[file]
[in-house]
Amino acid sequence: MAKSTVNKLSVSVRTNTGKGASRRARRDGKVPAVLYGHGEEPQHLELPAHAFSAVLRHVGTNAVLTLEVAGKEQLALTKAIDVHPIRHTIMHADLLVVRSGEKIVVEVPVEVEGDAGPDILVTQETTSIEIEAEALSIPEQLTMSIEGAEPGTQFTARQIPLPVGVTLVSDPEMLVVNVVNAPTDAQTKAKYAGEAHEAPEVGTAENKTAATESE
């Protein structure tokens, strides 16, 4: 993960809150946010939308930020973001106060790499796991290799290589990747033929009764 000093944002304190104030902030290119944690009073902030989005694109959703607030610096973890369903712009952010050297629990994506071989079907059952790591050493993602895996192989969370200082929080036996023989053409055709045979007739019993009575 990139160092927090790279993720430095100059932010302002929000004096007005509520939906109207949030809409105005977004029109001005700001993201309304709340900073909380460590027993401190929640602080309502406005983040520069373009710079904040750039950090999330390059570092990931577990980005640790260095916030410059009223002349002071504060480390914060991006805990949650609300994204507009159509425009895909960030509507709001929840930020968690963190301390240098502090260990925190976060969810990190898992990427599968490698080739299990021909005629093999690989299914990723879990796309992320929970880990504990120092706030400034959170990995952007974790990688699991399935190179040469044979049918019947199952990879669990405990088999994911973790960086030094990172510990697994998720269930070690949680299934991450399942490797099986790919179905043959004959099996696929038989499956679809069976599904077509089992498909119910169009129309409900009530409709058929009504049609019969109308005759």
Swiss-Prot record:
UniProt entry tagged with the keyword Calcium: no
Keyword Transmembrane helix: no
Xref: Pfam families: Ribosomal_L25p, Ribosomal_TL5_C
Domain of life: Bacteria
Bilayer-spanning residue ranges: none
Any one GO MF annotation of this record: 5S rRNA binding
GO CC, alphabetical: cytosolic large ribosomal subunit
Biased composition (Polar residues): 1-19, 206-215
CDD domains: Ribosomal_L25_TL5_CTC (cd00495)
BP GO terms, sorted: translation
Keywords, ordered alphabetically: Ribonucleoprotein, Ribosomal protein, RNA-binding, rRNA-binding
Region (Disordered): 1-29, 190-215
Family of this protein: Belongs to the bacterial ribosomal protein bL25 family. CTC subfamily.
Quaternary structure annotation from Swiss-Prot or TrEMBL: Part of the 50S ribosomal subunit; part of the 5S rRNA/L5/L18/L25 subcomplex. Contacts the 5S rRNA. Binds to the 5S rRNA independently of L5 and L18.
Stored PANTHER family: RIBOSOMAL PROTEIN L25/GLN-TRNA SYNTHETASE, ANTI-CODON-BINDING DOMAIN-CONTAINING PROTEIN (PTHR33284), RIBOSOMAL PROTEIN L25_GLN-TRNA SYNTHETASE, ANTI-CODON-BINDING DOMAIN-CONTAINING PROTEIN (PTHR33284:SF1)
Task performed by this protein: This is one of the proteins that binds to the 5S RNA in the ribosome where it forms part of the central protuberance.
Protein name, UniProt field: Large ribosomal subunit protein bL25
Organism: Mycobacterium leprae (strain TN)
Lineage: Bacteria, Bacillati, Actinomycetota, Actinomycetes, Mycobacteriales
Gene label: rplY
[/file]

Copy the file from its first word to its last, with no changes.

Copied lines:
[in-house]
Amino acid sequence: MAKSTVNKLSVSVRTNTGKGASRRARRDGKVPAVLYGHGEEPQHLELPAHAFSAVLRHVGTNAVLTLEVAGKEQLALTKAIDVHPIRHTIMHADLLVVRSGEKIVVEVPVEVEGDAGPDILVTQETTSIEIEAEALSIPEQLTMSIEGAEPGTQFTARQIPLPVGVTLVSDPEMLVVNVVNAPTDAQTKAKYAGEAHEAPEVGTAENKTAATESE
């Protein structure tokens, strides 16, 4: 993960809150946010939308930020973001106060790499796991290799290589990747033929009764 000093944002304190104030902030290119944690009073902030989005694109959703607030610096973890369903712009952010050297629990994506071989079907059952790591050493993602895996192989969370200082929080036996023989053409055709045979007739019993009575 990139160092927090790279993720430095100059932010302002929000004096007005509520939906109207949030809409105005977004029109001005700001993201309304709340900073909380460590027993401190929640602080309502406005983040520069373009710079904040750039950090999330390059570092990931577990980005640790260095916030410059009223002349002071504060480390914060991006805990949650609300994204507009159509425009895909960030509507709001929840930020968690963190301390240098502090260990925190976060969810990190898992990427599968490698080739299990021909005629093999690989299914990723879990796309992320929970880990504990120092706030400034959170990995952007974790990688699991399935190179040469044979049918019947199952990879669990405990088999994911973790960086030094990172510990697994998720269930070690949680299934991450399942490797099986790919179905043959004959099996696929038989499956679809069976599904077509089992498909119910169009129309409900009530409709058929009504049609019969109308005759």
Swiss-Prot record:
UniProt entry tagged with the keyword Calcium: no
Keyword Transmembrane helix: no
Xref: Pfam families: Ribosomal_L25p, Ribosomal_TL5_C
Domain of life: Bacteria
Bilayer-spanning residue ranges: none
Any one GO MF annotation of this record: 5S rRNA binding
GO CC, alphabetical: cytosolic large ribosomal subunit
Biased composition (Polar residues): 1-19, 206-215
CDD domains: Ribosomal_L25_TL5_CTC (cd00495)
BP GO terms, sorted: translation
Keywords, ordered alphabetically: Ribonucleoprotein, Ribosomal protein, RNA-binding, rRNA-binding
Region (Disordered): 1-29, 190-215
Family of this protein: Belongs to the bacterial ribosomal protein bL25 family. CTC subfamily.
Quaternary structure annotation from Swiss-Prot or TrEMBL: Part of the 50S ribosomal subunit; part of the 5S rRNA/L5/L18/L25 subcomplex. Contacts the 5S rRNA. Binds to the 5S rRNA independently of L5 and L18.
Stored PANTHER family: RIBOSOMAL PROTEIN L25/GLN-TRNA SYNTHETASE, ANTI-CODON-BINDING DOMAIN-CONTAINING PROTEIN (PTHR33284), RIBOSOMAL PROTEIN L25_GLN-TRNA SYNTHETASE, ANTI-CODON-BINDING DOMAIN-CONTAINING PROTEIN (PTHR33284:SF1)
Task performed by this protein: This is one of the proteins that binds to the 5S RNA in the ribosome where it forms part of the central protuberance.
Protein name, UniProt field: Large ribosomal subunit protein bL25
Organism: Mycobacterium leprae (strain TN)
Lineage: Bacteria, Bacillati, Actinomycetota, Actinomycetes, Mycobacteriales
Gene label: rplY